How is Nigeria contributing to world economic growth?

Here’s an anecdote to illustrate that. I talk to people at Louis Vuitton very often because luxury goods are very well desired particularly in China. When I was with those people recently they did a little quiz with me. At the top of their flagship store in London they own an apartment and offer its use for their best clients. They asked me, “Guess what country has the most number of people who stay at that apartment?” I said of course, China. And they said, “Wrong, Nigeria.”

Will the N-11 and BRICs resurrect the global economy with Louis Vuitton bags?

We in the west have to turn from being importers from them to being exporters to them. That is the long and short of it. Instead of importing from China, we should be exporting to China. There are two things that matter for imports and exports. One is the price and the other is demand. As the Chinese and the BRICs and other growth markets get wealthier they have more income to buy more stuff. That is a bigger driver of what they will buy than the price, as evidenced by Louis Vuitton.

Has the trend started?

If you take Germany as a national example, right now, at the end of 2011, Germany is exporting more to the four BRICs than it does to France. That is what will end up being the case for the U.S. and the U.K. and other developed countries. These countries are going to end up being major export market for us. If you look at a chart of U.S. export growth, its biggest growth is to China, Brazil and Mexico.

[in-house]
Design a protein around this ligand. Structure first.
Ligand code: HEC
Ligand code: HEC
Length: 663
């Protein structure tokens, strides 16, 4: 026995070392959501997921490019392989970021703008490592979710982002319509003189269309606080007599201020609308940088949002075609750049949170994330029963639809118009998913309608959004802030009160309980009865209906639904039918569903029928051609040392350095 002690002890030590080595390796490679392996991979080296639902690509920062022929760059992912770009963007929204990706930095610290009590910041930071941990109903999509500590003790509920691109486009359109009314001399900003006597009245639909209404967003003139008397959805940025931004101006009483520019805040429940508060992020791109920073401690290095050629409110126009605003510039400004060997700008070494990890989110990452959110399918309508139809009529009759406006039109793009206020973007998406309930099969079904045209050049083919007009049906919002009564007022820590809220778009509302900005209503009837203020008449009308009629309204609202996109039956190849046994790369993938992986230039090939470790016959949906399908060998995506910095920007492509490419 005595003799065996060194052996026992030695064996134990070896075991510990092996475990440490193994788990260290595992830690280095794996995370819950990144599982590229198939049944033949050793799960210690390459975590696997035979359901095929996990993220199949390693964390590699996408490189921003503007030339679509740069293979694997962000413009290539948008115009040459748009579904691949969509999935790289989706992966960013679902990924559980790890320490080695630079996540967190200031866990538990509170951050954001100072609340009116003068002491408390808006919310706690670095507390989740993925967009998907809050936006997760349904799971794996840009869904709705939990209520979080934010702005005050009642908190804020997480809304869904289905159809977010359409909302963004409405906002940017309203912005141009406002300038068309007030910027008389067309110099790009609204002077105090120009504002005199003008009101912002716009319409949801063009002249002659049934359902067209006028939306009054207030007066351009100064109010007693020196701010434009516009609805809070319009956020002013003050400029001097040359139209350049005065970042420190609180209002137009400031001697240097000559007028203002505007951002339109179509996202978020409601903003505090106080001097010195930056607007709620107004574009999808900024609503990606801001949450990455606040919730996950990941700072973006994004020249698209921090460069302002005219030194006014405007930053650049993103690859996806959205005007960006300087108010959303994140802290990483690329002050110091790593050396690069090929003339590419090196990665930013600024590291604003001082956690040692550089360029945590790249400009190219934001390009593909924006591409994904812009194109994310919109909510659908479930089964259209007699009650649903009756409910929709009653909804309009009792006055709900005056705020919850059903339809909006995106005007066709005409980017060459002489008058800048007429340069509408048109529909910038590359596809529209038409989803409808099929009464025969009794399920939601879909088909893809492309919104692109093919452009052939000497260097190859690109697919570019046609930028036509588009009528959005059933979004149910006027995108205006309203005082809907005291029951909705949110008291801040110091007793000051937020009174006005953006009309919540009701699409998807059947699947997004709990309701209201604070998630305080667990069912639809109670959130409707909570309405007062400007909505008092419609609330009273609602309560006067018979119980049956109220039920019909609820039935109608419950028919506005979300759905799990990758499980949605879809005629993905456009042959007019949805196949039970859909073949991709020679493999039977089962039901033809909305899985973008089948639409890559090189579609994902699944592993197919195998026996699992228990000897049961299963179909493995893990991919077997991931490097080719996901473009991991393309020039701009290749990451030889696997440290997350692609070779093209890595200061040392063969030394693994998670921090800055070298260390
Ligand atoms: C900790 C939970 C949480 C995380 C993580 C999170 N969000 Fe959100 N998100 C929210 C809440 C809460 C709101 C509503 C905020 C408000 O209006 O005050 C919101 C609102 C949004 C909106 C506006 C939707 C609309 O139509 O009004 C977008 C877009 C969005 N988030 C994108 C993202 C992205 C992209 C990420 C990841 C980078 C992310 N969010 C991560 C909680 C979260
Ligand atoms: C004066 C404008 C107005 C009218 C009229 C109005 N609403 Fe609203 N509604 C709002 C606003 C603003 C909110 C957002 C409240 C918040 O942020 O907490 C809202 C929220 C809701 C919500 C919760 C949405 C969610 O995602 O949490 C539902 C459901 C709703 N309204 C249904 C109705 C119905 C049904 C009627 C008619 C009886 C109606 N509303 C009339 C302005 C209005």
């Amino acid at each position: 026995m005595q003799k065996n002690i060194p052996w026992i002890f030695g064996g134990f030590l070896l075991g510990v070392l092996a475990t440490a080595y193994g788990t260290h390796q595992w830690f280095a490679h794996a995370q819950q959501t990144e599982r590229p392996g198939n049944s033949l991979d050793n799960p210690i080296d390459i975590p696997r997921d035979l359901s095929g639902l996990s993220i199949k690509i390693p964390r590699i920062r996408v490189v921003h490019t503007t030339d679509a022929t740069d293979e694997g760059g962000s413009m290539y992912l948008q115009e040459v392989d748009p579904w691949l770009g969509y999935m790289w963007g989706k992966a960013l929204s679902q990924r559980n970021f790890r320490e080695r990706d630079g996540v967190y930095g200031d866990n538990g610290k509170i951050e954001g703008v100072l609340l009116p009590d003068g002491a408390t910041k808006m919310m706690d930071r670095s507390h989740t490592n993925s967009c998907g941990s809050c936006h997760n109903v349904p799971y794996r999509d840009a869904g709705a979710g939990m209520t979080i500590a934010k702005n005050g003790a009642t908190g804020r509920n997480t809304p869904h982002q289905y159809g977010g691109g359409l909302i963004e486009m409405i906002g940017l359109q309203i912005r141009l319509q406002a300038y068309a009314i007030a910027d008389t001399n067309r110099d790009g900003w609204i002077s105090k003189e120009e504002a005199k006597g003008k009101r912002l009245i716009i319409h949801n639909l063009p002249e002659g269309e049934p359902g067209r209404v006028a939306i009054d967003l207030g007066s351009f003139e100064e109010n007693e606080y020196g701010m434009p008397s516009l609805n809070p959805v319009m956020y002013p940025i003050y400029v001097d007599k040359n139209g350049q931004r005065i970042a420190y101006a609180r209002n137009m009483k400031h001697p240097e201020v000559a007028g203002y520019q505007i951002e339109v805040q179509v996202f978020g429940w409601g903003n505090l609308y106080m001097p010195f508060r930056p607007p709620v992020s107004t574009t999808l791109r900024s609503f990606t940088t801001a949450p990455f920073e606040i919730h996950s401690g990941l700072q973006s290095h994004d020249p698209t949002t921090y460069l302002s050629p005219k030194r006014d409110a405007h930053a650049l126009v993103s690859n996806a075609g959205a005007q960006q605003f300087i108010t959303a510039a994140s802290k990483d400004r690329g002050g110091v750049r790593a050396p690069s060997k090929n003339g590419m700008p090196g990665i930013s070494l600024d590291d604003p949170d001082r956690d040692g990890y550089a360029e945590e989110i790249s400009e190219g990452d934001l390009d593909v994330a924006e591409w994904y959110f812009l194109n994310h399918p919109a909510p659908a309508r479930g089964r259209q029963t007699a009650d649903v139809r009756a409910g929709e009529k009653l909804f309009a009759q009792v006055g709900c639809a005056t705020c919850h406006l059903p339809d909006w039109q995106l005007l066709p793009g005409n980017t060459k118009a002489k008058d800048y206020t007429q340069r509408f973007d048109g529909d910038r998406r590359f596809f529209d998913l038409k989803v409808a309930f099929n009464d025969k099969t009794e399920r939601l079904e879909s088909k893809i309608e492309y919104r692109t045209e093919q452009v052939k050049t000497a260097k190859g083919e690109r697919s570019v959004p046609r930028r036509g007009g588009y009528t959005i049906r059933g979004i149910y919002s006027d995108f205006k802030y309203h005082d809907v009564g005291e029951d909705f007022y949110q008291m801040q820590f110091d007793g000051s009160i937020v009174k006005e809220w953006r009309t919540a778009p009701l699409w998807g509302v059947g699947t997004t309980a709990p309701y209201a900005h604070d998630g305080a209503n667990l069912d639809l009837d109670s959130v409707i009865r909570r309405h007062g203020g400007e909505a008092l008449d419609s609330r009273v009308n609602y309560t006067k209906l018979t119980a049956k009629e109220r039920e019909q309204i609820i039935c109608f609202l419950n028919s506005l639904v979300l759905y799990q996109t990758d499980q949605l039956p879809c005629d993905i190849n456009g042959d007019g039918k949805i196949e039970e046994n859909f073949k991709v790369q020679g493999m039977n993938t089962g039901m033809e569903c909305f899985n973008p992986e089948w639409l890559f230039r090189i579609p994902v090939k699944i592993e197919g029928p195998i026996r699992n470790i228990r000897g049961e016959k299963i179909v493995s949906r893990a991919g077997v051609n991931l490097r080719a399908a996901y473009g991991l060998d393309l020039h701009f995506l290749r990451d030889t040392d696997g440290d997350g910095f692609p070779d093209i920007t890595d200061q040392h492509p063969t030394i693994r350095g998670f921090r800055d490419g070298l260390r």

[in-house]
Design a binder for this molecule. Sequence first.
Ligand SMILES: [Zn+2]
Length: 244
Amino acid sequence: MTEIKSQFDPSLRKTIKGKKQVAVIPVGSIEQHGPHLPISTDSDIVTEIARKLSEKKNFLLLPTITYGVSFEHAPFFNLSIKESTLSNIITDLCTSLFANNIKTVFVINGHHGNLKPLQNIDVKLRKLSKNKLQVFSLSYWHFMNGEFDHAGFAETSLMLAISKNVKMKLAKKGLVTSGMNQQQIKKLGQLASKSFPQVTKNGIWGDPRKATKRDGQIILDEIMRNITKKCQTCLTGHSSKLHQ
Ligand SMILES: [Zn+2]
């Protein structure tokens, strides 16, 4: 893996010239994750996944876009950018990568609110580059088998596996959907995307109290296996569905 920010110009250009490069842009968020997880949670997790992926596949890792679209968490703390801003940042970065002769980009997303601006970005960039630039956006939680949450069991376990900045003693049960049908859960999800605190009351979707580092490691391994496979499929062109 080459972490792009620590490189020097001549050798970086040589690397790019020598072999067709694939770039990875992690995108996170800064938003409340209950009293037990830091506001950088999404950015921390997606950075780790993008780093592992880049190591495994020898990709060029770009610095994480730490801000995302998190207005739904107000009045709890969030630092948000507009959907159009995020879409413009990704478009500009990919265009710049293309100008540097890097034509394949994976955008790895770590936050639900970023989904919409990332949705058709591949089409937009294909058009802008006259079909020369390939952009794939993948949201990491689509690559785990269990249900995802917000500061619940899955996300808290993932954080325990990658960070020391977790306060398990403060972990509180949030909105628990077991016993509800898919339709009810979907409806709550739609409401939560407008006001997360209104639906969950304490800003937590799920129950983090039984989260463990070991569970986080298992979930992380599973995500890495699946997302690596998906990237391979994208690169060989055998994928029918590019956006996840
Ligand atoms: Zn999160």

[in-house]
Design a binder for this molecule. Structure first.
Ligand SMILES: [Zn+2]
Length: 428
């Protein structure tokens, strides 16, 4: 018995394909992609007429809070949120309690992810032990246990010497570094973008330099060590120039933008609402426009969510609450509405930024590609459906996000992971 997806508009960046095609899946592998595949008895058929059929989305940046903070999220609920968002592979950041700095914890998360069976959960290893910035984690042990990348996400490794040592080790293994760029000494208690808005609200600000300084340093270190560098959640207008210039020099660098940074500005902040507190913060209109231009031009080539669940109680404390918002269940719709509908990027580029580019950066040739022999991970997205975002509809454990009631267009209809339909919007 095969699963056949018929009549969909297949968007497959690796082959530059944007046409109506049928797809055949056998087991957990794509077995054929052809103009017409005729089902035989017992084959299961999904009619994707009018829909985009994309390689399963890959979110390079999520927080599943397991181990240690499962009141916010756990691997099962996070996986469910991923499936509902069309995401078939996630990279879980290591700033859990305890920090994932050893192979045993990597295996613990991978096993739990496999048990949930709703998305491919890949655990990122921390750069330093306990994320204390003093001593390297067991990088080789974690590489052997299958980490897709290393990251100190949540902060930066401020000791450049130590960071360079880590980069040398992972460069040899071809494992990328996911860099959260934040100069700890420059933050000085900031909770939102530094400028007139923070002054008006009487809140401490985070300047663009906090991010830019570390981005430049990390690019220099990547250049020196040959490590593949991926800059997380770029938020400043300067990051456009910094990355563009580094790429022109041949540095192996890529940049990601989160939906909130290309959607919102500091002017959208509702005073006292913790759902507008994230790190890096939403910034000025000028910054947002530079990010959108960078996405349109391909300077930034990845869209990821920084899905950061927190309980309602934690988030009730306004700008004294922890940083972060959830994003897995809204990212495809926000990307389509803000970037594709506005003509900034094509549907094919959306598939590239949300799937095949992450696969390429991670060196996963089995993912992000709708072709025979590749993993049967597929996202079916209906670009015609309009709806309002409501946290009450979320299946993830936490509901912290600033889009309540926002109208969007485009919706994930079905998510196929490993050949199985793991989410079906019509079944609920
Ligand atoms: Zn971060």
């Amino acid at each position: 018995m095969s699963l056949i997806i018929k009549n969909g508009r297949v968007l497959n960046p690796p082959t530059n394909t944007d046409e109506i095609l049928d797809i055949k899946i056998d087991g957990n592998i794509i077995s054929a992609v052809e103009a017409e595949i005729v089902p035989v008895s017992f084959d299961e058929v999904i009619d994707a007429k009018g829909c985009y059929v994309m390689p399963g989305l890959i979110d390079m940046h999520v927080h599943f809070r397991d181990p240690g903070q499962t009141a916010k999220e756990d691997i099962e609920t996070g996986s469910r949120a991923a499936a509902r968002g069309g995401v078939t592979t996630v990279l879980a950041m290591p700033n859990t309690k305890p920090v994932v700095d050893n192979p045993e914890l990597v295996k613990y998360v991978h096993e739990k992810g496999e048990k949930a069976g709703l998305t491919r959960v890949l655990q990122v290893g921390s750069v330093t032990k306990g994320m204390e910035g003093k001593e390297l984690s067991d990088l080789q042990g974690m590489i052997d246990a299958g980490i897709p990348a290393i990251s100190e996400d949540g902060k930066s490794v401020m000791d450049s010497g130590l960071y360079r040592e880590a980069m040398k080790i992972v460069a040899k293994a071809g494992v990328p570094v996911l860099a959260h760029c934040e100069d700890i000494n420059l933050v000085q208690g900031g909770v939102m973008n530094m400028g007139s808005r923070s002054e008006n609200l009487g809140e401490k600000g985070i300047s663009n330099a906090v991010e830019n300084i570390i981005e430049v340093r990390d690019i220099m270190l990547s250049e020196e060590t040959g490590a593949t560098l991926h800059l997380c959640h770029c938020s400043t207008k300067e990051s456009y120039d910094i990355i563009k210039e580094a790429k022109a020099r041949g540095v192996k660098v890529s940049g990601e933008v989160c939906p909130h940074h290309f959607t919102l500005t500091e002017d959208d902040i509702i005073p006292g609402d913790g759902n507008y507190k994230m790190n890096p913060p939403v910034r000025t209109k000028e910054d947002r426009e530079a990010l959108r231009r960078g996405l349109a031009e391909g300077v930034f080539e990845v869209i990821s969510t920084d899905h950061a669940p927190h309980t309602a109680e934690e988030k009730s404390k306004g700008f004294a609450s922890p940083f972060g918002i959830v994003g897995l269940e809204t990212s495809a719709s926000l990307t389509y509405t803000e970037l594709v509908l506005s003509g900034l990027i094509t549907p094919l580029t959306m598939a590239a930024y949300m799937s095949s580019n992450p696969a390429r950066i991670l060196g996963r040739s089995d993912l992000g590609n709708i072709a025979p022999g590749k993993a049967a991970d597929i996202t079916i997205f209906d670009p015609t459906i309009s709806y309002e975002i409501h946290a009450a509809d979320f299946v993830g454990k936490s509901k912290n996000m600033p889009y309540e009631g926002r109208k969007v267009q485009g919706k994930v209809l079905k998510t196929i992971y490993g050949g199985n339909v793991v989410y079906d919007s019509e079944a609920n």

How do you get past the black cloud of gloom hanging over the western world?

I describe myself as excited. People are so pessimistic about what’s going on at the moment that they don’t understand the opportunity. Contrary to what most people think, we are living through the largest period of people being taken out of poverty into the middle classes. Hundreds of millions of people are entering the middle classes. Between 2000 and 2030, we’ll have three billion new people join the middle class. That’s why it’s so exciting and why I wrote the book.

How much time do you spend visiting the growth market countries?

More, more and more. When I created the acronym I’d never been to but China of the four BRICs. When I sit down to plan my calendar, time in the BRIC countries is one of the most important things that I like to do. You cannot beat the anecdotes and other things you pick up by traveling in them. When I see many well known commentators, particularly in the U.S., articulate views about China, quite a few of them have never even been there. To understand China you have to spend some time there.

Will the Euro zone come apart and every country go back to its own currency?

I think it’s very unlikely. Right now there’s a large number of people who think it won’t exist in 2012, but it will. Even though I’m known as Mr. BRIC I was raised as a foreign exchange guy. I was hired by Goldman as a foreign exchange economist. I know plenty about the history of all of this. A lot of people confuse what they think should happen with what is going to happen. The euro is a product of French and German desire to avoid World War III. You can’t have any sensible discussion about the euro without realizing how important that is. Out of this, maybe not for all members, we might get a stronger and more sensible euro.

You travel so much, are you ever at home?

As indicative of how crazy my life has gotten as Mr. BRIC, I typically get invited to go on some trip somewhere at least eight times every day. I have a policy where I try, as measured by overnight stays in hotels, to limit my travel to no more than 25 percent of the time. I have learned the art of saying no diplomatically.

How do you manage the jet lag?

I haven’t found it yet so when you find it please let me know.

Related Content